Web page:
Classic Sticky Banana Upside-Down Cake

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A classic banana upside-down cake made with just a few ingredients. Sticky gula melaka caramelised with the bananas, infusing this oil-free sponge cake with a smoky caramel flavour.

Singapore celebrates 55th birthday today! I think one of the great way to celebrate our nations’s birthday is to indulge in desserts that are inspired by local flavours. What’s a celebration without cake right? So I’ve been working on a classic cake recipe featuring local ingredients to share with you guys on this occasion.

The key flavour for this cake are of course the bananas plus a local favourite dessert ingredient, Gula Melaka. To make it even more local, I went all out to use ingredients that are produced in Singapore such as SCS butter, Prima flour, SIS sugar and N&N Singapore farmed eggs. I’ve also used the smaller bananas (not sure of the variety) that I got from my neighbourhood fruit store.

A bit on upside-down cake. Very popular during the 1950s and 1960s, most of these cakes were made using canned ring pineapples and red glazed cherries which I believed most of you would have seen before. Traditionally, the cake was made in cast iron pans, but baking the cake in regular round cake pan is what we will do for this recipe.

This banana upside-down cake is not too complicated to make. Start by melting the butter directly in the cake pan over low heat, then sprinkle crushed gula melaka over the melted butter and layer peeled bananas that was sliced length-wise over the butter-gula-melaka in the cake pan. The cake is a 4-ingredient oil-free sponge (eggs, sugar, flour, salt), light tasting (spiked with a little rum if you like) and is sturdy enough to hold the bananas when overturned. Baked over higher heat to allow caramelisation to happen, when overturn onto a plate or cake board, the sticky gula melaka banana syrup drips down into the sponge cake, infusing the cake with a beautifully smoky caramel flavour. It has a rustic yet glistening appeal that’s quite a stunner.

Tips for a successful cake:

  • Sift the flour from a height twice. As this is an oil-free cake, by sifting the flour from a height to “lighten” the flour will ensure easier mixing. Sifting twice does makes a difference.
  • DO NOT OVERMIX once the flour is added to the mixture. Once the mixture is smooth without flour streaks, stop.
  • Use salted butter for greater flavour.
  • Gula melaka can be replaced with dark brown sugar of equal weight.
  • This cake is made in 20cm round cake pan, but 20cm square cake pan can be used as well.
  • Do not open the oven door within the first 20 minutes of baking time. This is to allow the cake to rise properly without disrupting the oven temperature.

Sticky Banana Upside-Down Cake

Equipment: 20cm round cake pan, stand mixer or hand mixer

  • 120g salted butter
  • 60g gula melaka
  • About 5 small-medium bananas, peel and slice lengthwise
  • 120g caster sugar
  • 5 eggs, separated
  • 160g cake flour
  • 1/2 tsp fine sea salt
  • 2 tsp dark rum, optional

Preheat the oven to 190C. Place butter into the cake pan and melt over low heat. Remove from heat once the butter is melted. Place gula meleka chunks into a plastic bag and crushed it with a rolling pin or meat tenderiser. Sprinkle the crushed gula melaka over the melted butter. Place bananas cut side down, filling in as much gaps as possible. Set aside.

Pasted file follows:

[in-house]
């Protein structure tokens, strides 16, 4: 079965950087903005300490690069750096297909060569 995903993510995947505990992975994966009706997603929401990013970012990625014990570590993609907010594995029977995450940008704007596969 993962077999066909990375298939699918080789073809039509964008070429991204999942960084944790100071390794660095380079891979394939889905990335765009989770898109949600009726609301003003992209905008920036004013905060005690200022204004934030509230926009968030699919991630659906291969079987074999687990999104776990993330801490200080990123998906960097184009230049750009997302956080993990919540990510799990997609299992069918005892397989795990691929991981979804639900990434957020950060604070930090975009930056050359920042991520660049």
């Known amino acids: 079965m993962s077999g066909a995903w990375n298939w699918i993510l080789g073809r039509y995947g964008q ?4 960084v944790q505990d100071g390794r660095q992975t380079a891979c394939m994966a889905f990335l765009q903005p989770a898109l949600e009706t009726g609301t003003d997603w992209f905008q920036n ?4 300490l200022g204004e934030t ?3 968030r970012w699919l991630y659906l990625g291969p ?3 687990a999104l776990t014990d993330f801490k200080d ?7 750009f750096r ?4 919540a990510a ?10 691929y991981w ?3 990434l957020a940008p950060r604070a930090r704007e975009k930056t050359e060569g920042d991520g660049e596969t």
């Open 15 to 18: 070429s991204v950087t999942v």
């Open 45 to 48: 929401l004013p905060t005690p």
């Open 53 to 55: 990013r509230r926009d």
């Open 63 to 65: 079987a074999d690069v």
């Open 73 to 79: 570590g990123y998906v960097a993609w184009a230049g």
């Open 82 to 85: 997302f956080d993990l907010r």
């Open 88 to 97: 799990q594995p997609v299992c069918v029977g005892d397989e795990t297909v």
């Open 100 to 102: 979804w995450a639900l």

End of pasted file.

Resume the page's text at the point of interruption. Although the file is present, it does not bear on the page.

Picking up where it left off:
Combine cake flour and salt. Sift twice from a height. Set aside.

Place egg whites into mixer bowl. With the whisk attachment, whisk on medium speed until foamy. Add 1/3 of the caster sugar and whisk on medium speed until no more big bubbles. Add another 1/3 of the caster sugar and whisk until soft peaks. Add remaining caster sugar and continue to whisk untill stiff peaks. With the mixer on medium-low speed, slowly drop in egg yolks one by one into the meringue. Once all egg yolks added, whisk till well combine and stop.

Add in the sifted cake flour & salt. Still with the whisk attachment on the lowest speed, whisk for about 20 seconds. Remove whisk and at this point, you can add in the rum. Use a rubber spatula, fold the batter by scooping through the base of the bowl and fold over. Do this a few times until no more flour streaks and batter is smooth. Try not to overmix. Pour the batter onto the bananas-laid cake pan. Smooth out the top with spatula. Bake in the preheated oven for 25mins. Check with a skewer, if it comes out clean, it’s done. Otherwise bake for another 5 more minutes.

Remove from the oven. Using a knife, go around the sides of the cake to loosen it. Place a plate or cake board over the cake pan and holding it firmly, turn over the cake and gently shake the cake tin to release the cake onto the plate or cake board. The cake should fall out nicely. Allow to cool before consumption. That is if you can wait that long.

2020 has proofed to be a very challenging year, but this should not stop us from celebrating our nation’s birthday. This year’s NDP is a special one, starting from the morning till late evening, with activities spreading across Singapore coming into heartlands instead of one central location. There’s a series of home engagement activities we can participate in. Click for more details on NDP2020. Let us #StayUnited in this challenging time and emerge stronger together after the pandemic.

Let me know if you make the cake by commenting on this post or you can tag me on Instagram @vanillynbakes and hashtag #vanillynbakes

If you like this recipe, you may also be interested in these:

Banana, Pineapple and Coconut Smoothie

Banana Cake with Chocolate & Walnuts

Happy 55th National Day Singapore! Sit back, enjoy and eat cake 🙂

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